Tagging Found on the 10c-50c Values
The initial printings of these stamps had Winnipeg tagging that was applied down the vertical perforations in 8 mm bands that were spaced 15.75 mm apart. These bands appear light cream under normal light and bluish white under UV light. The tagging does exhibit a 1-2 second afterglow when the UV light source is suddenly switched off. The tagging bars themselves always appear dotted, as though applied using photogravure. After this was phased out, the next printings used OP-4 3 mm Ottawa tagging. This tagging appears a very similar colour under UV to the Winnipeg tagging, with some examples appearing more yellowish than bluish. The tagging bars were 3 mm wide, and were spaced 21 mm apart. Unlike the Winnipeg tagging, which appears as slightly darker bands along the sides of the tagged stamps, the OP-4 tagging bars are invisible under normal light.
The picture below shows examples of the Winnipeg tagging and OP-4 Ottawa tagging:
The OP-4 tagging is shown at the left, while the Winnipeg tagging is shown on the right stamp.
The OP-4 taggant was phased out by late 1972 and replaced by the more stable OP-2 taggant. Initially, the tagging was applied in 3 mm wide bands, spaced 21 mm apart, and later the bands were widened to 4 mm bands, spaced 20 mm apart. I have read in one of the philatelic publications a few years ago, I cannot recall where now, that some examples of the 10c have been discovered with 2 mm tagging bars. I have not seen these, so I cannot confirm their existence. The tagging generally appears mottled and applied with rubber cylinders.
The picture below shows both types of OP-2 tagging below:
The 3 mm tagging is shown on the left, while the 4 mm tagging is shown on the right. Generally the visibility in normal light of the 3 mm tagging varies from invisible, to just barely visible, as slightly shiny bands running down the sides of the stamps. The 4 mm tagging on the other hand is usually very clearly visible as glossy bands running down the sides of the tagged stamps.
I have not yet come across any significant tagging shifts on these, although Rose lists several varieties that can be found on all five of the medium values. I have come across an interesting tagging variety on the OP-4 printing of the 15c Mountain sheep, in which a spot of taggant has gotten on the mountain, resembling a "low moon", as shown below:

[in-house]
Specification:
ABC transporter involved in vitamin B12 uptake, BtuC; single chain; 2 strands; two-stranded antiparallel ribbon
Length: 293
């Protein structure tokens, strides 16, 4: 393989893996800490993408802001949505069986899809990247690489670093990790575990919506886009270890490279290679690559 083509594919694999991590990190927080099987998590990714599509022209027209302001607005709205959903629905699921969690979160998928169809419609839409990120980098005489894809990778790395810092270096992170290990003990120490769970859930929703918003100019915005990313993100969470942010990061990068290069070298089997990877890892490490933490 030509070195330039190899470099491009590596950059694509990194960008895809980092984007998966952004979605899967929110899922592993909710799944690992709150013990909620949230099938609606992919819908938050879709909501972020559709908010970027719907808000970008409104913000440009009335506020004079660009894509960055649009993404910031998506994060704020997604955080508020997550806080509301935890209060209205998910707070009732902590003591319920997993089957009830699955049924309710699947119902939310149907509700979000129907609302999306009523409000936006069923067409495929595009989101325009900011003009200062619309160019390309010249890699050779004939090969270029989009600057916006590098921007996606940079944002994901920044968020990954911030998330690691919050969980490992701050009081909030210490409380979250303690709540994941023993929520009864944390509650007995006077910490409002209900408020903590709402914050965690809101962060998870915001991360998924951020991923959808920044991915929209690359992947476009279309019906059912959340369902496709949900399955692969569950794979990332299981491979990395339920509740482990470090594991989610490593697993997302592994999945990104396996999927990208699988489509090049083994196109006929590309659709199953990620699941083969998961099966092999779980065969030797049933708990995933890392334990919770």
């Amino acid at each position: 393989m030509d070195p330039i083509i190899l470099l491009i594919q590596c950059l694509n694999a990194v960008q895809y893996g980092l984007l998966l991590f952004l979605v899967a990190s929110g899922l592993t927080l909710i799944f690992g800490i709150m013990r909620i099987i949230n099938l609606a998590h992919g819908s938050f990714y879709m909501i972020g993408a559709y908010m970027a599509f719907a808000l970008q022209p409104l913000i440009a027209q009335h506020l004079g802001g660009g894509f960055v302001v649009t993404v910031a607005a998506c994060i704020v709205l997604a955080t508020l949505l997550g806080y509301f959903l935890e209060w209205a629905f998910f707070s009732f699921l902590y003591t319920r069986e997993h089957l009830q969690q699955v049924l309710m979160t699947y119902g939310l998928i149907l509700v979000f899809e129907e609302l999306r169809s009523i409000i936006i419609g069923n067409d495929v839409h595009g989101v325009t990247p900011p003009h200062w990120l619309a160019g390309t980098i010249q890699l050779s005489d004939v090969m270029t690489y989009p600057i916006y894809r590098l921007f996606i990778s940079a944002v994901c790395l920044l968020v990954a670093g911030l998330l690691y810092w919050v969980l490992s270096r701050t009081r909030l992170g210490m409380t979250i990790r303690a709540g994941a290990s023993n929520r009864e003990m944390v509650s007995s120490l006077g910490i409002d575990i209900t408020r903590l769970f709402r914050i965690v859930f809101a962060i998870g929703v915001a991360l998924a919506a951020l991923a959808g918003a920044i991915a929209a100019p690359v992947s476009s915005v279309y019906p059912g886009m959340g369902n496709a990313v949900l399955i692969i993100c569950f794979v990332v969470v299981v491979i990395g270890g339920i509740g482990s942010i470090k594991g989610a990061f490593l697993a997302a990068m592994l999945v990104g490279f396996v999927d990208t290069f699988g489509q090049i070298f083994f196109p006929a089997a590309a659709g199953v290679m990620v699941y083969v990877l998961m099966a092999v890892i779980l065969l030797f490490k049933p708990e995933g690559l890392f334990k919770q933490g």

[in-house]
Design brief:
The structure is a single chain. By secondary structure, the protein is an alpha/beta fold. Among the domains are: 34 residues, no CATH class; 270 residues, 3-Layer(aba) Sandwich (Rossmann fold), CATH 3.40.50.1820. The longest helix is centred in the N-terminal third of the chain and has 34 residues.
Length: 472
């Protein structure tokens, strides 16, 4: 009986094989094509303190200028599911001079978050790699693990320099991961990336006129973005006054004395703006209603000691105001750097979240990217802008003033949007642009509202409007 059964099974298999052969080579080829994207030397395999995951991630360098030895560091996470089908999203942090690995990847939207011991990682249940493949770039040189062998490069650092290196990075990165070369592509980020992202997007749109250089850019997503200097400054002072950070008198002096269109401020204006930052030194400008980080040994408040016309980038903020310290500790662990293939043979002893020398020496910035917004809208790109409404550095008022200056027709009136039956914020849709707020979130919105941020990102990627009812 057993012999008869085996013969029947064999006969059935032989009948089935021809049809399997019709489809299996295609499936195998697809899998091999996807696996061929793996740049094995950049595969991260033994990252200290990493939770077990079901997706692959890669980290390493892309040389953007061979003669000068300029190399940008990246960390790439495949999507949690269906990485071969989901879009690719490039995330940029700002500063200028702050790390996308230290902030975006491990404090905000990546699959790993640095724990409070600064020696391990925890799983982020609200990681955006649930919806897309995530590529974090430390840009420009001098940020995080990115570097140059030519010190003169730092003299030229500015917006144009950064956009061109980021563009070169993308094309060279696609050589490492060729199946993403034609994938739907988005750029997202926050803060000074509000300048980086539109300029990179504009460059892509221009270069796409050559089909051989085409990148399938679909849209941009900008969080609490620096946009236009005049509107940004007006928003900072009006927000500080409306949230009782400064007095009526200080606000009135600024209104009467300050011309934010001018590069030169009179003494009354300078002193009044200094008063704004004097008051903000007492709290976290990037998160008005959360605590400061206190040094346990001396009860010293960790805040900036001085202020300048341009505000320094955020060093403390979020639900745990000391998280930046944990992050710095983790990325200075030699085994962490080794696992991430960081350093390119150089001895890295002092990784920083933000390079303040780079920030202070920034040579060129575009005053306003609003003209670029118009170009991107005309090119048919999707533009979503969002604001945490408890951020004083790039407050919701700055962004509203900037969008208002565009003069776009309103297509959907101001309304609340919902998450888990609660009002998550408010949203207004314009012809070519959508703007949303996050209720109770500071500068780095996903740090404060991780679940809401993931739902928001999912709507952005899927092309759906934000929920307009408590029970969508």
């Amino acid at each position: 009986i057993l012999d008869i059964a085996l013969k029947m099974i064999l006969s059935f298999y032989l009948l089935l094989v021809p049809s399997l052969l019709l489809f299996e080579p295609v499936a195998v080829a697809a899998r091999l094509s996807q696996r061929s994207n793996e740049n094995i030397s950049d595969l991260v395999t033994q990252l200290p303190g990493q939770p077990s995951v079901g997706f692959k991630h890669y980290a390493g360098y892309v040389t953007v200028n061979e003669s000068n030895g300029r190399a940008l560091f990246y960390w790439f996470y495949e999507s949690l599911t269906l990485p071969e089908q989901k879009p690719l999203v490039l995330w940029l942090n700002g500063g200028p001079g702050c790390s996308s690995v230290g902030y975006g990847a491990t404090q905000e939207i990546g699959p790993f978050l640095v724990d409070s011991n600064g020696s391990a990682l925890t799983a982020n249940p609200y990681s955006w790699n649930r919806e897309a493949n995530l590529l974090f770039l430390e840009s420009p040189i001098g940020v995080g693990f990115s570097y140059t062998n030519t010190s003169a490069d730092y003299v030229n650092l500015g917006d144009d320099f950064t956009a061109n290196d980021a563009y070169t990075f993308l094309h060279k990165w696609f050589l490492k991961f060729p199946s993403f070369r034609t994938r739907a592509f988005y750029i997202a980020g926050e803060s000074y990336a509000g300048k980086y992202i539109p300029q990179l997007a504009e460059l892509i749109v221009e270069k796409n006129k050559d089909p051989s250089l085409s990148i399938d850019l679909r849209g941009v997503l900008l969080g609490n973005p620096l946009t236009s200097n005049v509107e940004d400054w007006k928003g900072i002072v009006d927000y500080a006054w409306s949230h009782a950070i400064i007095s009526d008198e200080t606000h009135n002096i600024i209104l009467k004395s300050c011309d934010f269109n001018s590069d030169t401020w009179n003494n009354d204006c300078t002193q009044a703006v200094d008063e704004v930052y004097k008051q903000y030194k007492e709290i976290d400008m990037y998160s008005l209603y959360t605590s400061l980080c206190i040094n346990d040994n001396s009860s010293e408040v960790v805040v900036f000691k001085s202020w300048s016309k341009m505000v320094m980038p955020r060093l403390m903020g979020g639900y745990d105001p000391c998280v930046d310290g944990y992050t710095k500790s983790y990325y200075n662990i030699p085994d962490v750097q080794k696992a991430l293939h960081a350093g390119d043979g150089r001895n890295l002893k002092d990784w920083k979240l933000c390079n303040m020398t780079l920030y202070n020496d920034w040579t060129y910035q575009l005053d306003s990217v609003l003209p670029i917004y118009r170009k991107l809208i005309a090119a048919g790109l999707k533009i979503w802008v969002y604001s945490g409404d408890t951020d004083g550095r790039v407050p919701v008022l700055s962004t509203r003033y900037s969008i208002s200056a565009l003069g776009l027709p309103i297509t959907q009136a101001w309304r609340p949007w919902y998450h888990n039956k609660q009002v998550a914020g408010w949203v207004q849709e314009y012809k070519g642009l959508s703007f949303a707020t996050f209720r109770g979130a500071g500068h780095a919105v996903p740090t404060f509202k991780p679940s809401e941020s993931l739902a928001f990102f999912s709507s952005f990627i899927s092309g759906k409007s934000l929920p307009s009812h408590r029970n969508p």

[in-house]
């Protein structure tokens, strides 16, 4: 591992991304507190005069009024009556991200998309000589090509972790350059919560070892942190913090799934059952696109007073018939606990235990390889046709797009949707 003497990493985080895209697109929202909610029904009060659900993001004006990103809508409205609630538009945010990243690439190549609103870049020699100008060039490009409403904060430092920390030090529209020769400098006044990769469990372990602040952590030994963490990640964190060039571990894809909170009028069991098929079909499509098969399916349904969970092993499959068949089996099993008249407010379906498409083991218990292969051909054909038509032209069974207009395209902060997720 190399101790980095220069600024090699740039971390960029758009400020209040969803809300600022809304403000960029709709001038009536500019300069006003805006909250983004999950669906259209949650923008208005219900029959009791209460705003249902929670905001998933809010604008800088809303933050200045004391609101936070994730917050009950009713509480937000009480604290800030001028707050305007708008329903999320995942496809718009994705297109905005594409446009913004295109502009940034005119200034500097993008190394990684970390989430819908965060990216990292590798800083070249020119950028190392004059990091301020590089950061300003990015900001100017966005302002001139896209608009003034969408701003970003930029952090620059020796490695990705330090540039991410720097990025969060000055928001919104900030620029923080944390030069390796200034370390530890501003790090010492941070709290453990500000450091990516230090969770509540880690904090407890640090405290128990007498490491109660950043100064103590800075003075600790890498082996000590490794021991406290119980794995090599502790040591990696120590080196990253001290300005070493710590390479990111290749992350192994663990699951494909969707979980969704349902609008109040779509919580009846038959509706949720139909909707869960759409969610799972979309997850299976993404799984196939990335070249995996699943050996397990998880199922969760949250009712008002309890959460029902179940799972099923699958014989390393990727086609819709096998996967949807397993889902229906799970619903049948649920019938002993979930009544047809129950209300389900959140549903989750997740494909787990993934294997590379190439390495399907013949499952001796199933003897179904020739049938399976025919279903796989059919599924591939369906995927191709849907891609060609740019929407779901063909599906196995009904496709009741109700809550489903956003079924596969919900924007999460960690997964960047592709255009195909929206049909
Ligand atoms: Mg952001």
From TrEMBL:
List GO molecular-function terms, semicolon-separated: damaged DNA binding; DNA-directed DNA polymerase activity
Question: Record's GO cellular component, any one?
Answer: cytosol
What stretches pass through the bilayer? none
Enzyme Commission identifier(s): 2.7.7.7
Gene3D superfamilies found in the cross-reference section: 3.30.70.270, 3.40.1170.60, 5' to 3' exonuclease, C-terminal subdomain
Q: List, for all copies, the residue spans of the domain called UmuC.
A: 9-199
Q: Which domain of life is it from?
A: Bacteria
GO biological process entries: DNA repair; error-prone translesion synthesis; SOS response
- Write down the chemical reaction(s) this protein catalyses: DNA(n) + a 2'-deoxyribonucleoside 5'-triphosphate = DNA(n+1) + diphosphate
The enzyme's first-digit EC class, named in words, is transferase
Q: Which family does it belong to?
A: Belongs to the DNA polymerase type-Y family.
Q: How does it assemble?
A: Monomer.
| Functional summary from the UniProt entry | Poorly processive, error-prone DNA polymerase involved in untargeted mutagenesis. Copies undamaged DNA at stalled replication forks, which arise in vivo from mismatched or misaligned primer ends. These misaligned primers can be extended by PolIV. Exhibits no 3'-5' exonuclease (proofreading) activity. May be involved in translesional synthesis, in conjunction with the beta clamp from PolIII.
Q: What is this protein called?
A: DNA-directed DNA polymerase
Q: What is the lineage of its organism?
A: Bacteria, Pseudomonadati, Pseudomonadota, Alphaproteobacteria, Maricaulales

The Tagging Found on the BABN Printing of the $1 Vancouver
The printings of this stamp from 1973 to 1978 utilize the same tagging as the mid-values, with the only major difference being the spacing between the tagging bars, with those stamps having 3 mm bars being 44 mm apart and those having 4 mm bands being just 43.5 mm apart. This value however shows the full transition in the method of application used for the tagging, from photogravre to rubber cylinders. The first printings show tagging that has a clear "screened" appearance, while later printings show tagging that appears much more solid, only showing slight dotting. The later printings show tagging that has a full mottled appearance. In normal light, the tagging that is not mottled, is not clearly visible on the stamps. In contrast, the mottled tagging can always be seen as shiny narrow bands at the sides of the stamp.
The picture below shows all three of these tagging types:
The initial printing from 1973 is shown by the bottom stamp. Here, you can see that the tagging looks weak and incomplete compared to the other stamps above it. In actual fact, the tagging appears to have been applied by screened photogravure, which did not work well with the chalk coating. A later printing is shown by the top right stamp, which shows tagging that appears much more solid. The top left stamp is one of the later perf. 12.5 x 12 printings on hibrite paper that shows tagging that appears mottled, much like the tagging found on the perf. 13.3 printings.
This concludes my examination of the tagging. This leaves us with just the gum and the paper as the remaining characteristics remaining to study on these stamps. Next week I will look at the gum and the chalk surfacing found on the different printings of the stamps. Then, I will be ready to start discussing the papers used in depth.